“There is a long history of women in the Church as advocates for liturgy. All of you are advocates for liturgy,” the director of worship and liturgy told members of the Catholic Daughters of the Americas at a recent meeting.

On the third Wednesday of each month, members meet at Holy Family Parish Hall in Essex Junction, and at their last meeting Josh Perry presented “Women as Liturgical Advocates” to the more than 15 women there.

He spoke about women’s participation throughout four key moments in the development of Christian liturgical tradition and one personal experience of a woman’s liturgical advocacy that had great effect on his own ministry — that of his own mother.

The examples that Perry presented made clear that from the very first days after the resurrection of Jesus and the early years of Christianity through the liturgical movement of the 20th century and up to parishes in Vermont today, women have served and continue to serve as important and effective liturgical advocates within Christianity.

Perry’s account of the history of women as liturgical advocates began with Mary, mother of Jesus as “the very heart of the Church’s liturgy” and then moved into an explanation of early Christianity’s “house churches” that existed before the time the Church had a fully-established order of bishops, priests, and deacons as we understand them today. Since women were responsible for the home and whatever happened within it, they were responsible for forming these new “house churches” and actively participating in the ministerial roles that came along with them.

In the New Testament, Mary, mother of John, and Lydia, Priscilla, Nympha and Apphia all have “house churches.”

Recognizing the nuanced discussion around women serving as deacons today, Perry affirmed that historically, “the Church has had women deacons,” though there is much debate about what they were called (deacons or deaconesses), whether their title makes a difference, whether they were ordained or installed and what exactly was their function.

Citing both the New Testament and various other historical documents, he offered a litany of deacons from the Church’s history including Phoebe, Publia, Sophia, Marthana, Anastasia, Eugenia, St. Irene, Sabinia, Dionysia, Anna, Athanasia, Theodora, Theophila, Timothea and Charitina who served in Antioch, Jerusalem, Constantinople, Armenia and Rome between the first to the ninth centuries.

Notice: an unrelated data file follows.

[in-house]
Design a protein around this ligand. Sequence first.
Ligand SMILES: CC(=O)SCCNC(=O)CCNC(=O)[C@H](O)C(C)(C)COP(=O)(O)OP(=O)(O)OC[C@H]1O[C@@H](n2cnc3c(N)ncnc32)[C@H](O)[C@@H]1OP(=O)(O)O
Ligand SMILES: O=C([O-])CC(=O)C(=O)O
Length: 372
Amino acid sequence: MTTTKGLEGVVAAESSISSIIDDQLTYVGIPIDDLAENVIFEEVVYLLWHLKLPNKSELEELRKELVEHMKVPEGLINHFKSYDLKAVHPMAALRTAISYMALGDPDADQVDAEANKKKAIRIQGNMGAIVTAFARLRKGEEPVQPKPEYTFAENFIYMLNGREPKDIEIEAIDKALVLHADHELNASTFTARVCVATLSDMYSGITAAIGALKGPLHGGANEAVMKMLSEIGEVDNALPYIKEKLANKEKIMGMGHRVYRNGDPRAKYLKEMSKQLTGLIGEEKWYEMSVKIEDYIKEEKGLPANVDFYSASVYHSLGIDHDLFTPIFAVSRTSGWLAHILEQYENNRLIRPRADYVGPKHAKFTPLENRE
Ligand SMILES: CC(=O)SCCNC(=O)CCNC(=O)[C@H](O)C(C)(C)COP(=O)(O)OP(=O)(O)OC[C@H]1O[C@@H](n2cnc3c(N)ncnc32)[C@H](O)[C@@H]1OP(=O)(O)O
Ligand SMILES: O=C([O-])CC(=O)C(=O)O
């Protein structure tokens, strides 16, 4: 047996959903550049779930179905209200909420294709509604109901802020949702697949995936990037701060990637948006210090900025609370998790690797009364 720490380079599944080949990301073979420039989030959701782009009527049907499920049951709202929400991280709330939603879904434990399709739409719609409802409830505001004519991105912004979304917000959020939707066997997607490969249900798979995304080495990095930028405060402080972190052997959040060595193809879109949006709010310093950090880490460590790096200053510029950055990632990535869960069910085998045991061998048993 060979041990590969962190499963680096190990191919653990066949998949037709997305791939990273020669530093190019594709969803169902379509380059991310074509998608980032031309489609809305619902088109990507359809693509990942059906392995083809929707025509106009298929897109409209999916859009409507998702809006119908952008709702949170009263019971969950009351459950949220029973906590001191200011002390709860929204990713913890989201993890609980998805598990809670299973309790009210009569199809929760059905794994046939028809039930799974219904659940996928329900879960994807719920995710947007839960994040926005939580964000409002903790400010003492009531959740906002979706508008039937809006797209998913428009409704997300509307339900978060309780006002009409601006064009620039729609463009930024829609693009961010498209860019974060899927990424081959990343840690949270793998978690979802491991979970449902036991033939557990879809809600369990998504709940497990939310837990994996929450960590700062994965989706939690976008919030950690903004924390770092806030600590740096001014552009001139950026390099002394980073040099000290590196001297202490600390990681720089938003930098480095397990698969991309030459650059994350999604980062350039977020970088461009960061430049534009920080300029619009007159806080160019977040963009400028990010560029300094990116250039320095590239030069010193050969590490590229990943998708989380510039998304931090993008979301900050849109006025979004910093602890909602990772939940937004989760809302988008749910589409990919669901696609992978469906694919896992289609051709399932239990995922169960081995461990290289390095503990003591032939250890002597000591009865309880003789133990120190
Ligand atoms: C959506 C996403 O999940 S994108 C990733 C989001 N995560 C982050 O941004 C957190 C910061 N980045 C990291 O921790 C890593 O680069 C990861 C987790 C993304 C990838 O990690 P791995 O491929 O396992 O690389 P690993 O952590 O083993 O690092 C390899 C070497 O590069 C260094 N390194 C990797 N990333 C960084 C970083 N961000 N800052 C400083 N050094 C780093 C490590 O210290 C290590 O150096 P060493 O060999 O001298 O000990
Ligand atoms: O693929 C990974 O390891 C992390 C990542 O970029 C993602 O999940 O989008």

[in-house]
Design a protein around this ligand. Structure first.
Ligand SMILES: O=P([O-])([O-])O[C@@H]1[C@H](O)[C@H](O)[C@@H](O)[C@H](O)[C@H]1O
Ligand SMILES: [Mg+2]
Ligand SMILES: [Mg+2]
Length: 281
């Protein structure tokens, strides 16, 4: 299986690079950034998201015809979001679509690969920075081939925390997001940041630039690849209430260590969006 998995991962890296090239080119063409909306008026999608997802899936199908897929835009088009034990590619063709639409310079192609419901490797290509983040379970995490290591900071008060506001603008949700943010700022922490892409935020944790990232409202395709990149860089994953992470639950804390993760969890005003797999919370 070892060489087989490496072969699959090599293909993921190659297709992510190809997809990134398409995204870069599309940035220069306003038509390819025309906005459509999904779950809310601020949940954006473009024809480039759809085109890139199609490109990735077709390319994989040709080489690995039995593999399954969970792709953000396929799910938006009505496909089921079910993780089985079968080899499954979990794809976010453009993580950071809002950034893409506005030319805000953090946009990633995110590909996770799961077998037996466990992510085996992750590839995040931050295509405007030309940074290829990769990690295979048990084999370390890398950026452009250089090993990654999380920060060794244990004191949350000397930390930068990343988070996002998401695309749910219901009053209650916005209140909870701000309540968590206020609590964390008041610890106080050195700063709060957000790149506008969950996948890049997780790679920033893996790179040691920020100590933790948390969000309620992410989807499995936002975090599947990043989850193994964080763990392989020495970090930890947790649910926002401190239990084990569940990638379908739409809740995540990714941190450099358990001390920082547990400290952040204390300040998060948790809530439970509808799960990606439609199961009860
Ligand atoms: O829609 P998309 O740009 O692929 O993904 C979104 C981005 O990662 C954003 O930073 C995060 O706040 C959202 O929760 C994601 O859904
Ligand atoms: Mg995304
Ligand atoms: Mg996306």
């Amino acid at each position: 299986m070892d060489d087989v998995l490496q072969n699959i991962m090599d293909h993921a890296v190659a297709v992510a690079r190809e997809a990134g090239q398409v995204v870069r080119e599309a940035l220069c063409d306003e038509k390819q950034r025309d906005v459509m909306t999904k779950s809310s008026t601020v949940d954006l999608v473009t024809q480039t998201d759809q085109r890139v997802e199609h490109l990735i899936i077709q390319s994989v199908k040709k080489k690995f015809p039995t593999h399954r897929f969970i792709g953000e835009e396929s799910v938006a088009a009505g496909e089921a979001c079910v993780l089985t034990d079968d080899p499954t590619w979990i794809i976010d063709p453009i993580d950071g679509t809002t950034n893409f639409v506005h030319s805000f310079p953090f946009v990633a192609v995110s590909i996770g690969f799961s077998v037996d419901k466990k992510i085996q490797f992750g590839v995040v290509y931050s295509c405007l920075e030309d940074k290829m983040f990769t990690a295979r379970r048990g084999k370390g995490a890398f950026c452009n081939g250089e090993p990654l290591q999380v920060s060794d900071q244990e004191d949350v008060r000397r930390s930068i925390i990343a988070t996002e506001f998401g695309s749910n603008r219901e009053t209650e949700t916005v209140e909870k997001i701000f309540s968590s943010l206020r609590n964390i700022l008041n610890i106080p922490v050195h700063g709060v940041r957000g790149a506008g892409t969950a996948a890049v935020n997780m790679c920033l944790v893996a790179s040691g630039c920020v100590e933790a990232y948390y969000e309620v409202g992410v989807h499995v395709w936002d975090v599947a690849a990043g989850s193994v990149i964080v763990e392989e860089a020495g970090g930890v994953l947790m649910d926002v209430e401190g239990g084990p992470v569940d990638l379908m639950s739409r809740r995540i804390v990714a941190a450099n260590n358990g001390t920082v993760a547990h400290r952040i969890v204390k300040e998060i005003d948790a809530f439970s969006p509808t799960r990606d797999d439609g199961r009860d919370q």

Regardless of exactly how the role of deacon functioned for these women, Perry summarized their active participation in the faith as providing assistance to the community and support for liturgical celebrations.

Jumping ahead a millennium, Perry explained that Pope Leo XIII’s encyclical “Rerum Novarum,” Pius X’s promotion of the liturgy and Pope Pius XII’s encyclical “Mystici Corporis Christi,” which describes the Church as the Mystical Body of Christ in the world, laid the groundwork for the Liturgical Movement of the 20th century, during which began promotion of the Liturgical Apostolate or “the full, active and conscious participation of all in the liturgy.”

According to Perry, in the United States, the Liturgical Movement was connected to both the Catholic Intellectual Movement and the Catholic Worker Movement.

“It is within this web of connections that we find many influential women,” shared Perry, listing off women including Maisie Ward of the Catholic publishing company Sheed and Ward, Sara O’Neill who opened the first Catholic bookstore, making liturgical texts available to the public, and Dorothy Day who founded the Catholic Worker hospitality houses and encouraged those who aided in the ministry to always keep the liturgy at the center of their work.

The presentation concluded with a tribute to Perry’s own mother, who while raising three children alone after the death of Perry’s father, always managed to make Mass a priority, even among her own struggles with depression and addiction.

“There weren’t many hard-core rules in the Perry household,” remembered Perry, “but Sunday Mass attendance was one of them. … Mass was constant.”

While he “hated” religious education as a child, he was curious about the Mass. His mother encouraged his interest by taking him to the public library to read the Catholic Encyclopedia — a three-hour trip that Perry credits as the beginning of his career as a liturgist. His mother also encouraged him to become an altar server at an early age and sit in the front pew when he wasn’t serving.

“She showed up and participated, and she brought me along,” said Perry.

Turning attention to the women of the Catholic Daughters of the Americas in the room, Perry affirmed their participation as liturgical advocates, “You show up. You build community. You support others. …  Thank you!”

For information on having this presentation at your parish, contact Josh Perry, director of worship and liturgy, at jperry@vermontcatholic.org.

CNS/Nancy Wiechec